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Will we ever know enough?

The accumulation of knowledge defines us as human. Each epoch adds a new layer of knowledge. It builds on the thoughts of past generations. The proliferation of knowledge does not have a direction, a finite capacity, or a definitive goal, . It simply exists in context to itself.

In essence knowledge is only limited by our imagination. In the entire history of knowledge we have never had the ability to find immutable truths. Yet it continues to accumulate.

Is there some point when we should cease to accumulate knowledge and simply live our lives by deepening the understanding of the knowledge we possess?

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    May 16 2013: You know, new answers always bring new questions.
  • May 6 2013: Interesting responses. I realize conversation starters typically respond to individual posts. I thought I would try something a little different and post a general response based on the thoughts presented up to this point.

    I believe learning wouldn't become obsolete because as people are born into the world there is a need to educate them. Even today there is such a vast body of knowledge in the world that it would take many lifetimes for an individual to learn all there is to know. If we learn more about each other rather than expend our energy changing, would we deepen our empathy?

    I fully acknowledge that if we ceased to accumulate knowledge at some point in the future there would be many questions that would be unanswered. But do we need to answer them? Today we have all the knowledge we require to live a comfortable life. It would appear to me it's a lack of empathy that is creating most of the hardship in the world…not the lack of knowledge. Perhaps if accumulation was de-emphasized it would lead to an equitable distribution of existing resources. Does constant change destabilize the world?

    Obviously this question is hypothetical since it's unlikely we would be able to satiate our drive to accumulate knowledge. The intent of the question is to consider the affect of constant change. Most life forms on the planet remain in a relatively constant state. Our perception of other organism's intellectual inertia places them at a lower evolutionary position. But is our inability to establish a stable mind set more primitive in nature?
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      May 6 2013: Wow. I never considered this aspect of your question. Firstly, I don't think we can ever stop changing; we are always adapting and none of us will ever be the same. I agree that if we learn more about each other we would deepen our empathy, and it would be incredible if we were able to understand each other fully. However, I think there is a distinction between understanding and accepting. For example, I may be able to understand your emotions and have deep empathy, but we might not ever agree with each other and feel as the other person because we are all unique.

      For the second paragraph, I can't put it better than Edward.

      As for whether our inability to establish a stable mind set makes us more primitive, this thirst for knowledge doesn't make us primitive. We'll always have instinctual thoughts: run, hide, withdraw, etc. So in that aspect we are still animals. However, what sets us apart is our curiosity. Every species adapts at some point; they change their mindsets on hunting, foraging, and surviving. Even if phylogenetically we are as evolved as any other organism, the fact that we adapt faster and our mindset changes every day means we are at least more advanced consciously.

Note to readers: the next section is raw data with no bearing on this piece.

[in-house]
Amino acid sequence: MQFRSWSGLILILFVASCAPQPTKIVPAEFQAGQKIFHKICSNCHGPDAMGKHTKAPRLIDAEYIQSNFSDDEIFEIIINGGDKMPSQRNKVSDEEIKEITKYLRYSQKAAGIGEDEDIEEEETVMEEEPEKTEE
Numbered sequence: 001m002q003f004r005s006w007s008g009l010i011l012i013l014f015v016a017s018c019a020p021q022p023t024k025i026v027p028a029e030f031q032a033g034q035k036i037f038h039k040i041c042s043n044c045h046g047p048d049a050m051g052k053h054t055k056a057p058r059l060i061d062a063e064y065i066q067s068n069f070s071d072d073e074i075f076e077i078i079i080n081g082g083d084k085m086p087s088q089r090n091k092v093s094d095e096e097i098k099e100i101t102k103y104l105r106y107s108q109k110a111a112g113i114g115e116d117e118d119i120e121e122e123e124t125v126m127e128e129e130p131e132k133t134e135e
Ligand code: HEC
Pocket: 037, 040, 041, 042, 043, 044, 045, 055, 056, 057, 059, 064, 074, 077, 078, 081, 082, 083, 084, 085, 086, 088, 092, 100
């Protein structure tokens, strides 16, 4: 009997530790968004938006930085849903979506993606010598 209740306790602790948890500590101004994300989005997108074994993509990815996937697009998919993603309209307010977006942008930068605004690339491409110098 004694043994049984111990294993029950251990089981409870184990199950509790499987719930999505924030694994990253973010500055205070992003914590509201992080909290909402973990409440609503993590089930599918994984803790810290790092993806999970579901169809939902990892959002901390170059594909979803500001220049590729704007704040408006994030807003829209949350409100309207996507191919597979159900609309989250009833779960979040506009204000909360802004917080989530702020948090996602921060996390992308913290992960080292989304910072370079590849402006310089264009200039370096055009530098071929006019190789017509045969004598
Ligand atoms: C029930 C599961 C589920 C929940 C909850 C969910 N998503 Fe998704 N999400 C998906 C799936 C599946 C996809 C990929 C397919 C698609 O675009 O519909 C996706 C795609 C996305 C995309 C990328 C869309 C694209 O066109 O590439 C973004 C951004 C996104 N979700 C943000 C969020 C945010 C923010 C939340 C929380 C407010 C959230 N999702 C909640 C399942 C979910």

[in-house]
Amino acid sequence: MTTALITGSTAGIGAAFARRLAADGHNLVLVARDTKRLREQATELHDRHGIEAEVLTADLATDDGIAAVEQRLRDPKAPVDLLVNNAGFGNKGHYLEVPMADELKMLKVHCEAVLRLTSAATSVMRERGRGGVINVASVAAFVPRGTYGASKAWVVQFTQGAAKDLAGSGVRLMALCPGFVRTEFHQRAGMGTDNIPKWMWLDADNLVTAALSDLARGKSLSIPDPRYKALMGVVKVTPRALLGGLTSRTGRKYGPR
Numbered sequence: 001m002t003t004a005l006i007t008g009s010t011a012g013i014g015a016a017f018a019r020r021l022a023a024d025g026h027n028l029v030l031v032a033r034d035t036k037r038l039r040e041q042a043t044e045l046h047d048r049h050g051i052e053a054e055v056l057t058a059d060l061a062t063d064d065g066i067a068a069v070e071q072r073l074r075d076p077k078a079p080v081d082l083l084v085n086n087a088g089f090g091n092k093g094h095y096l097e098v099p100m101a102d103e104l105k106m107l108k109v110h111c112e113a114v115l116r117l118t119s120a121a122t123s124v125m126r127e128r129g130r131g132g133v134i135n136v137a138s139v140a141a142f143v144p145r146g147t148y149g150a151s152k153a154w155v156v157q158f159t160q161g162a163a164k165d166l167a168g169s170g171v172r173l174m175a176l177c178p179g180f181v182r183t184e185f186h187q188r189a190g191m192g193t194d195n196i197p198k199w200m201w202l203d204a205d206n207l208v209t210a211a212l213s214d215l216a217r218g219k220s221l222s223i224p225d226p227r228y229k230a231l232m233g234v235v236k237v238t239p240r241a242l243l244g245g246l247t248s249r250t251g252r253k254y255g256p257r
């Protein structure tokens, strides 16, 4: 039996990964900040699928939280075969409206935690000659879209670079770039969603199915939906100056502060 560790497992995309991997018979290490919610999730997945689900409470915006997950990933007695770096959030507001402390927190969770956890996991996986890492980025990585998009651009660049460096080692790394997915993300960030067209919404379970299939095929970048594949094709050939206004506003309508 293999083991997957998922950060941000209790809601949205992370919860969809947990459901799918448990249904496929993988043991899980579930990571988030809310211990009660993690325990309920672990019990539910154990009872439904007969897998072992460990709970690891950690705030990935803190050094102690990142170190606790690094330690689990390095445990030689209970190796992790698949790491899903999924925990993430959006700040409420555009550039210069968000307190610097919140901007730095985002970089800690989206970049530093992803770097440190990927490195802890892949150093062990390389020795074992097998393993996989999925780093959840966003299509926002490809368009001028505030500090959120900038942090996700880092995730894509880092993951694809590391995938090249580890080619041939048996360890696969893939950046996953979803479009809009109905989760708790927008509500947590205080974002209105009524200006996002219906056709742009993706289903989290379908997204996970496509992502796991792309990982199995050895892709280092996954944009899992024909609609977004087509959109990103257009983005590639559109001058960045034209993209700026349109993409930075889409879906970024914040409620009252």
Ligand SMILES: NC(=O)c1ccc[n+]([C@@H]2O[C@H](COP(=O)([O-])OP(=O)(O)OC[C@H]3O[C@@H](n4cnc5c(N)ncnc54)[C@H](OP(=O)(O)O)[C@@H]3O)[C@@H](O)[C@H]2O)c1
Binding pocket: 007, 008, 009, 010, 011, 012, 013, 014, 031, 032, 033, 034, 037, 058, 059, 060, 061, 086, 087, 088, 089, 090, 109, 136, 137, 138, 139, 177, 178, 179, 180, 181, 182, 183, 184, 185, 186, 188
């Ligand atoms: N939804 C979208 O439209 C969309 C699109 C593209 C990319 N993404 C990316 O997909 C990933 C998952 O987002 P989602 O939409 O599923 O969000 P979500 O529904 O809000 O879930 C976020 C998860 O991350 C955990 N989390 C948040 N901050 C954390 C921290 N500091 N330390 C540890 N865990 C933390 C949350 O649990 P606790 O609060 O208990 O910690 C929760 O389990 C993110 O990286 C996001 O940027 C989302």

• May 7 2013: "I may be able to understand your emotions and have deep empathy, but we might not ever agree with each other and feel as the other person because we are all unique."

        An astute observation Michael. Without question there are as many points of view as there are people in the world. That's why I feel respectful tolerance is key.
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      May 6 2013: Learning will never be obsolete, as we are wired to observe and to synthesize our observations and to connect ideas and observations in novel ways. We are constructed to learn and to try to understand things better. Information can be gathered and processed for all practical purposes in parallel.

      On a more mundane level, for an individual simply to gather more and more facts without considering their connections, implications, and potential application would be a misallocation of effort.

      I am not sure what you mean by a stable mind set. Many people have perhaps too stable a mindset.
      • May 7 2013: "On a more mundane level, for an individual simply to gather more and more facts without considering their connections, implications, and potential application would be a misallocation of effort."

        Your statement is on point Fritzie. I feel this is one of the major challenges of the information age.

        "Many people have perhaps too stable a mindset."

        I imagine you are referring to individuals with a closed, biased mind set supported by ignorance. I agree that is a negative form of stability. I'm referring to a shift away from the current volatile dynamic between knowledge and power.
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    May 6 2013: What would life be like after a complete, global cessation of learning? I think all humans would be dead within a single generation. Our world is ever changing and we survive because we adapt. Adapting requires learning. No adaptation--no survival.